The United States Senate cleared Donald Trump of both charges in its impeachment trial of the president, bringing to an end the impeachment saga that has consumed Washington since the House of Representatives launched its inquiry into the Trump’s actions last September.
In a 52-48 vote, the Senate found Trump not guilty of abusing his power of office. The Senate voted 53-47 to acquit the president on the charge of obstruction of Congress.
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On the first charge, one Republican, Senator Mitt Romney, broke rank and joined all Democrats in voting to convict Trump of abuse of power. But the vote fell well short of the two-thirds majority needed to remove a president. Romney voted with his party on the obstruction of Congress charge.
Democrats had accused Trump of abusing his power by orchestrating a pressure campaign to get Ukraine to investigate his political rival, former Vice President Joe Biden. They also accused him of obstructing Congress for refusing to participate in the impeachment inquiry. Trump denied any wrongdoing, repeatedly calling the impeachment a “hoax”.

US senators casting their votes on the second article of impeachment obstruction of Congress during the final votes in the Senate impeachment trial of President Donald Trump [Senate TV/Handout via Reuters] 

Trump repeated that assertion again shortly after the trial, tweeting he will discuss “our country’s VICTORY on the Impeachment Hoax!” in a public statement from the White House on Thursday afternoon. 
“The sham impeachment attempt concocted by Democrats ended in the FULL vindication and exoneration of President @realDonaldTrump,” tweeted White House Press Secretary Stephanie Grisham. 
‘Shameful and wrong’, but not impeachable
Trump’s legal defence in the Senate trial had argued that House Democrats did not sufficiently prove that Trump engaged in the pressure campaign. 
Even if Trump did what House Democrats accused him of, many Republicans said it was not a serious enough offence to remove him from office or ban him from running again with only nine months to go before the next US presidential election.
Several Republican senators said the House proved its case and they expressed disapproval of the president’s conduct.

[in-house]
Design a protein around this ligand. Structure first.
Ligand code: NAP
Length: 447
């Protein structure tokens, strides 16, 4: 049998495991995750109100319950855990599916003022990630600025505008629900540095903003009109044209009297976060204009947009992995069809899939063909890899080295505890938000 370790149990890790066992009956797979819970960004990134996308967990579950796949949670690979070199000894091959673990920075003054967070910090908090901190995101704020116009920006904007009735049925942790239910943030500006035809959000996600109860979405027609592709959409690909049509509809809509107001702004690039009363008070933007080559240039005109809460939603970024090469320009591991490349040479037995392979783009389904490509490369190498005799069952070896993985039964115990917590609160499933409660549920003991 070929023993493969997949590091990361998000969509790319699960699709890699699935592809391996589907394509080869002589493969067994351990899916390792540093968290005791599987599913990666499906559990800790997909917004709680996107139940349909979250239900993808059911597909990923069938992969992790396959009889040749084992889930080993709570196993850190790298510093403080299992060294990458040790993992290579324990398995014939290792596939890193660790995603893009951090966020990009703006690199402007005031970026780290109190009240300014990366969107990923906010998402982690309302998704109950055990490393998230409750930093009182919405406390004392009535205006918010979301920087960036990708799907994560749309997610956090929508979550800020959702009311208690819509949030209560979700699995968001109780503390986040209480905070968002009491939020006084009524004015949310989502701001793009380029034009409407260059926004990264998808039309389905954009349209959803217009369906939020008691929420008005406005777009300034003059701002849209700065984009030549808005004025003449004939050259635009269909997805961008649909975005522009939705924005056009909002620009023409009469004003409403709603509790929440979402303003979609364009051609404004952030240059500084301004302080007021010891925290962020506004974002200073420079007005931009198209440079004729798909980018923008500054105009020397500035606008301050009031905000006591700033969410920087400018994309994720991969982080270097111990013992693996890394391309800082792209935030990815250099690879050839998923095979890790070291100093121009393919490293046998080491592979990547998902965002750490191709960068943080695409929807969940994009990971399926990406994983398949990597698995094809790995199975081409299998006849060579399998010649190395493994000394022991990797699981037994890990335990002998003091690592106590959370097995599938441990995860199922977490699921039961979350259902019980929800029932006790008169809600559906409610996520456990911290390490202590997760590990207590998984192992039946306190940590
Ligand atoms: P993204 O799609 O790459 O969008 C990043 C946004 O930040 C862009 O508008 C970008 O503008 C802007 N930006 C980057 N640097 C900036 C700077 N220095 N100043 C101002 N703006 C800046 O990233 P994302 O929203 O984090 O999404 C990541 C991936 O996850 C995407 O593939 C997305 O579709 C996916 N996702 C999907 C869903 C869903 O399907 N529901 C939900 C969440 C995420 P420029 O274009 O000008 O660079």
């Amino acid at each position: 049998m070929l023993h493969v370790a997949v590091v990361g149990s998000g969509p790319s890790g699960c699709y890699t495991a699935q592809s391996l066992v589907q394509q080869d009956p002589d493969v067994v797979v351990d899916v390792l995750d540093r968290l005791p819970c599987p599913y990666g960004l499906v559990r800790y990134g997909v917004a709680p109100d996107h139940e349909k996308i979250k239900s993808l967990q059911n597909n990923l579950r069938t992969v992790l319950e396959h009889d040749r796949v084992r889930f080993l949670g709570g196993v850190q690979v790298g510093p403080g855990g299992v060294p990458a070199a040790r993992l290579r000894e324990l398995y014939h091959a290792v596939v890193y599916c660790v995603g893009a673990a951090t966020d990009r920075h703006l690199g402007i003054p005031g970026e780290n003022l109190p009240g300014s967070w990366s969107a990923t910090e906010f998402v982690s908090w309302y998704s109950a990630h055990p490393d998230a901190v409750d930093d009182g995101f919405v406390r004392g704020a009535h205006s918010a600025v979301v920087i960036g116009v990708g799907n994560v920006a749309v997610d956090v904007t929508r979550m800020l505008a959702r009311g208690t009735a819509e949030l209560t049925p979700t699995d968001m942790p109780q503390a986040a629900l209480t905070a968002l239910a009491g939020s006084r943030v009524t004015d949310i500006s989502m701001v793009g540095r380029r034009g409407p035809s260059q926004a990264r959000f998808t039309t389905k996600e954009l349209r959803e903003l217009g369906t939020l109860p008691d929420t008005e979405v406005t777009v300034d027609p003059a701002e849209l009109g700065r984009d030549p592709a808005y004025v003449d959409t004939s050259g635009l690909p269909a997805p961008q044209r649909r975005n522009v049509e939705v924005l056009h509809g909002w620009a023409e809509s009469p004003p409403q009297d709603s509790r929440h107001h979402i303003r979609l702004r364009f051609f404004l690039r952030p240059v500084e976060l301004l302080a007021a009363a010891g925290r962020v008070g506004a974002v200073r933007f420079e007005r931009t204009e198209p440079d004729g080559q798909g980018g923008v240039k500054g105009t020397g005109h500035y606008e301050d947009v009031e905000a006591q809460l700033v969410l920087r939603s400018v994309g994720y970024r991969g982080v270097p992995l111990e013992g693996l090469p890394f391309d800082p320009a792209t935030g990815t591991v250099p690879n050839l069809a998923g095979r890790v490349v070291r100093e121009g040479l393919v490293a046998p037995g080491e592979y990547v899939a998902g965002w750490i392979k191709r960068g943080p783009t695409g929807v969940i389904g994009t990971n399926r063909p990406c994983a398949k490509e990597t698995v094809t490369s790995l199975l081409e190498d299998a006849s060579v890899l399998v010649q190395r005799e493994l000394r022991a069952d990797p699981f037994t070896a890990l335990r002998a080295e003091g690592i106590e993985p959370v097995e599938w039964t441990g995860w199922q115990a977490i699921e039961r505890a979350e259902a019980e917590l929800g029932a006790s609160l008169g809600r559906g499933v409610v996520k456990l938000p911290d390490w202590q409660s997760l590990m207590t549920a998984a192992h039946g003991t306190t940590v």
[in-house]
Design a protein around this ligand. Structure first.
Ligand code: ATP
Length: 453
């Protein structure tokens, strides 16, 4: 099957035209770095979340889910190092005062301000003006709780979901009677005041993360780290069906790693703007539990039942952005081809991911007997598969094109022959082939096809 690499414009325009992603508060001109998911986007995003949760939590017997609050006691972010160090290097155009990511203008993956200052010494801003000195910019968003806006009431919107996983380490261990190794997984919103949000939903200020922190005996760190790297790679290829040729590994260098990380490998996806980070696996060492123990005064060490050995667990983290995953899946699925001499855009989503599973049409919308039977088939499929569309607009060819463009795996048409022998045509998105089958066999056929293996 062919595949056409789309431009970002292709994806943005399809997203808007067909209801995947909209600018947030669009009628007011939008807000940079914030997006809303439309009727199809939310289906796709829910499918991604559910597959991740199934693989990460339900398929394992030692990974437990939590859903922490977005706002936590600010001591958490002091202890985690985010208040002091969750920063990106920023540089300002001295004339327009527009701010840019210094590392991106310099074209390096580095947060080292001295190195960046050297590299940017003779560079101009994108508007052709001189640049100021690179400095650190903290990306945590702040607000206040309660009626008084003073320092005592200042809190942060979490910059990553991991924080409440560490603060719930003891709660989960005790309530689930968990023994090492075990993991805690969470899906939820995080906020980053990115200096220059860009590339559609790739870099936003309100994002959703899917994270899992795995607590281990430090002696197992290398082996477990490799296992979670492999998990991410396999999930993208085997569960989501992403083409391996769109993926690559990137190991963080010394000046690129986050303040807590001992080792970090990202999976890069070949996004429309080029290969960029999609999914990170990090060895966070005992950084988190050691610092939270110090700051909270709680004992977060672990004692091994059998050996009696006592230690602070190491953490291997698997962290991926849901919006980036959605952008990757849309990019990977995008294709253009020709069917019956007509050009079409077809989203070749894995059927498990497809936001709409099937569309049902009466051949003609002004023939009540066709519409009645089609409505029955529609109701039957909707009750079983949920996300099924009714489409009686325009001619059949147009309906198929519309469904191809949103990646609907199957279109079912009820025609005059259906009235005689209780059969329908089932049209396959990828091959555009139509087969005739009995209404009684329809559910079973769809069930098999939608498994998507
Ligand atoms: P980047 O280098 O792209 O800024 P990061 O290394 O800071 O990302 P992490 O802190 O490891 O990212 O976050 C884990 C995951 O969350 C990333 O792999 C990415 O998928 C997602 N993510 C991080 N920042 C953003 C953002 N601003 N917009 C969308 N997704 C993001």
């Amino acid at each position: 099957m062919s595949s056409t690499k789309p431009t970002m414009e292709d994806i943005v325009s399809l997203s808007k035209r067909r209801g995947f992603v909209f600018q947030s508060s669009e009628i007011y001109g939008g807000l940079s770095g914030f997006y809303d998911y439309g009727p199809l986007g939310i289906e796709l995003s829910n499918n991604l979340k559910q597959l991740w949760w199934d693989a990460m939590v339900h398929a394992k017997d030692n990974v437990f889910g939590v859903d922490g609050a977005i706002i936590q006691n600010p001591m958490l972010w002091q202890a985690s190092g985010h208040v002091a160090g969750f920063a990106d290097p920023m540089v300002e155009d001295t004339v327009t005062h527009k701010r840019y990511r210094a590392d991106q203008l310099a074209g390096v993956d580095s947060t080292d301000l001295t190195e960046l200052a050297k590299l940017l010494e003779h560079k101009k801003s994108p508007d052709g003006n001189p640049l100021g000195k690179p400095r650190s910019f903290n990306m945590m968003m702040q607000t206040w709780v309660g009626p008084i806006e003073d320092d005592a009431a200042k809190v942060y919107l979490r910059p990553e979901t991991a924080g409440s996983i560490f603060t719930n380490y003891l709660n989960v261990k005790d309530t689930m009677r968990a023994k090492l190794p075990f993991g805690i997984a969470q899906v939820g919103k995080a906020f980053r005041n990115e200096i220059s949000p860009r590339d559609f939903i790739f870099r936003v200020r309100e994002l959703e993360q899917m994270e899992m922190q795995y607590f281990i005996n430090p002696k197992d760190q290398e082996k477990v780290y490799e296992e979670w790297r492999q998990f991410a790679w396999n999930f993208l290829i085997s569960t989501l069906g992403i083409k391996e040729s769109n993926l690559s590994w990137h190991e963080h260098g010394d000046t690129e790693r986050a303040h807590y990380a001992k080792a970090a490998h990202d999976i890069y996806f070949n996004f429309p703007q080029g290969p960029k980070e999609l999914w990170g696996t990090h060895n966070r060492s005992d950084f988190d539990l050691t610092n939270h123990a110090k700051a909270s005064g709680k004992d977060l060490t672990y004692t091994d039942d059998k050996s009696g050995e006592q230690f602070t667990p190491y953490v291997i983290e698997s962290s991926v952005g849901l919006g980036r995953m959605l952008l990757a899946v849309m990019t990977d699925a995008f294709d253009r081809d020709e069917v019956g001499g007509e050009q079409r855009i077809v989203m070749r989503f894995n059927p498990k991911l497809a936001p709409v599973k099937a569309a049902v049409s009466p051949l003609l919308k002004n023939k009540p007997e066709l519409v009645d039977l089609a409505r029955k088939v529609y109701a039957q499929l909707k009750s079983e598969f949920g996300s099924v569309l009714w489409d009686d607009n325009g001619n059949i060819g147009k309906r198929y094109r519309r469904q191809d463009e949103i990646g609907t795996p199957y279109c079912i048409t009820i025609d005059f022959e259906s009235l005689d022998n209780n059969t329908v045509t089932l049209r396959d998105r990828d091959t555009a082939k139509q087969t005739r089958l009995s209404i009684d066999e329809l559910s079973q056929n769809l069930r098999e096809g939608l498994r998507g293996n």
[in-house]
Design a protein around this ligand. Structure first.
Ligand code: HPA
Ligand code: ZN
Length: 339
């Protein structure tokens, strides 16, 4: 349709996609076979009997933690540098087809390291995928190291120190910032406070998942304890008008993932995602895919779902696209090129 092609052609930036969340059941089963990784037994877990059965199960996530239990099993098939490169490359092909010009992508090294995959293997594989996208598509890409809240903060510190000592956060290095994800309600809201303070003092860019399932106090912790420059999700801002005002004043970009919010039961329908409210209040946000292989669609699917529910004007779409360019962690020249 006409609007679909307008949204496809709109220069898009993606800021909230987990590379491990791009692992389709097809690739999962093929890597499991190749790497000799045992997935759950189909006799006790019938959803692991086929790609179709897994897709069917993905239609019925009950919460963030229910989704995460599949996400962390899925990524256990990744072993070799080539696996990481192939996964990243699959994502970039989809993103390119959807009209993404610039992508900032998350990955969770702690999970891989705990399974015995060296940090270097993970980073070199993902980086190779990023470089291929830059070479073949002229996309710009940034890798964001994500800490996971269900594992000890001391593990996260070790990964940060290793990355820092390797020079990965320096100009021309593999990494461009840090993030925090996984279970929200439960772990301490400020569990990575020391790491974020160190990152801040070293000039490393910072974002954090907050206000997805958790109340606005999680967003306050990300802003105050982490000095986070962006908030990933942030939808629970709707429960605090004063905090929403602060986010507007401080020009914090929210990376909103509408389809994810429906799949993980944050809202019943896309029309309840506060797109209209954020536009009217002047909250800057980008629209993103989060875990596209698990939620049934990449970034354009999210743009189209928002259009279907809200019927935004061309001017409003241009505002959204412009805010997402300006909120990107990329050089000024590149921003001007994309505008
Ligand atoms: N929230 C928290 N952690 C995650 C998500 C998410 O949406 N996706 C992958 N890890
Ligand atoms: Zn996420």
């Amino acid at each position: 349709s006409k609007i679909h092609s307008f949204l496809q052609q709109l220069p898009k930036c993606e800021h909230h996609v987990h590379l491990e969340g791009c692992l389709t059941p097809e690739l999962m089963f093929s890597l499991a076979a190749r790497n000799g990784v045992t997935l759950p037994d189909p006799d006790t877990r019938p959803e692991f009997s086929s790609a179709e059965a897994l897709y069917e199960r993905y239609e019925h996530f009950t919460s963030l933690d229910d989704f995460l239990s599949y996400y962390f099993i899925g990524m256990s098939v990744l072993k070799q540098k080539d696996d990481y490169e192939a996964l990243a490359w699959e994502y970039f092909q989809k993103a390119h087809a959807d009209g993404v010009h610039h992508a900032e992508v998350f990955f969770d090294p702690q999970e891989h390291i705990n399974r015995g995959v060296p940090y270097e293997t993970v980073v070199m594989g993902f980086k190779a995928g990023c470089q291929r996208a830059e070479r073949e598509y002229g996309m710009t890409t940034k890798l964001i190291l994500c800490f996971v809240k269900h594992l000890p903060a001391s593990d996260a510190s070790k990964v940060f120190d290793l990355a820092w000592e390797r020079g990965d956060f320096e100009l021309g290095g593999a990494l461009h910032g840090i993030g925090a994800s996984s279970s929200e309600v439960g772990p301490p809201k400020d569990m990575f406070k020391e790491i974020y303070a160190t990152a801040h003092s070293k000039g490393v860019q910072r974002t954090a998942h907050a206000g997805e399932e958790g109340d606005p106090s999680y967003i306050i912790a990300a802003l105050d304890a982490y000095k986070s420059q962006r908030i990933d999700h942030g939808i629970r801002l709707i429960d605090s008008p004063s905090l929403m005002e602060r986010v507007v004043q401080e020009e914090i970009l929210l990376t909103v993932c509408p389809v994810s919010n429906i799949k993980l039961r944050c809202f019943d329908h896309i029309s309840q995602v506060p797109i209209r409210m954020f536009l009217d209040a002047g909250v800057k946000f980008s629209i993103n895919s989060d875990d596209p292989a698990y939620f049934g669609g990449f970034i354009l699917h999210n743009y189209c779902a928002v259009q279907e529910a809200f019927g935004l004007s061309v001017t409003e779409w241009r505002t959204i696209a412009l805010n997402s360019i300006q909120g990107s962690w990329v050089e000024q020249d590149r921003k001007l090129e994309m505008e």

“The president’s behaviour was shameful and wrong. His personal interests do not take precedence over those of this great nation,” Republican Senator Lisa Murkowski said in floor remarks.
Republican Senator Lamar Alexander said in a statement, “it was inappropriate for the president to ask a foreign leader to investigate his political opponent and to withhold United States aid to encourage that investigation.”
While acquittal was always the likely outcome, the question of whether the Senate would call witnesses came to a dramatic head last week amid new revelations from former White House National Security Adviser John Bolton about Trump’s alleged wrongdoing. After four hours of arguments, the Senate voted to block witnesses and new evidence in a 51-49 vote.
Moderate Republicans faced heavy political pressure from Senate Majority Leader Mitch McConnell and the White House not to break ranks during the trial.

US Senate Majority Leader Mitch McConnell speaking before the resumption and final votes in the Senate impeachment trial of President Donald Trump [Senate TVReuters] 

McConnell met privately with Murkowski and convinced her not to vote with Democrats to call witnesses in the trial.
McConnell, speaking to reporters after Wednesday’s vote, accused Democrats of using the impeachment trial to try to gain an advantage in winning control of the Senate in November, but called the effort “a colossal political mistake.” He also said he was “surprised and disappointed” by Romney’s vote.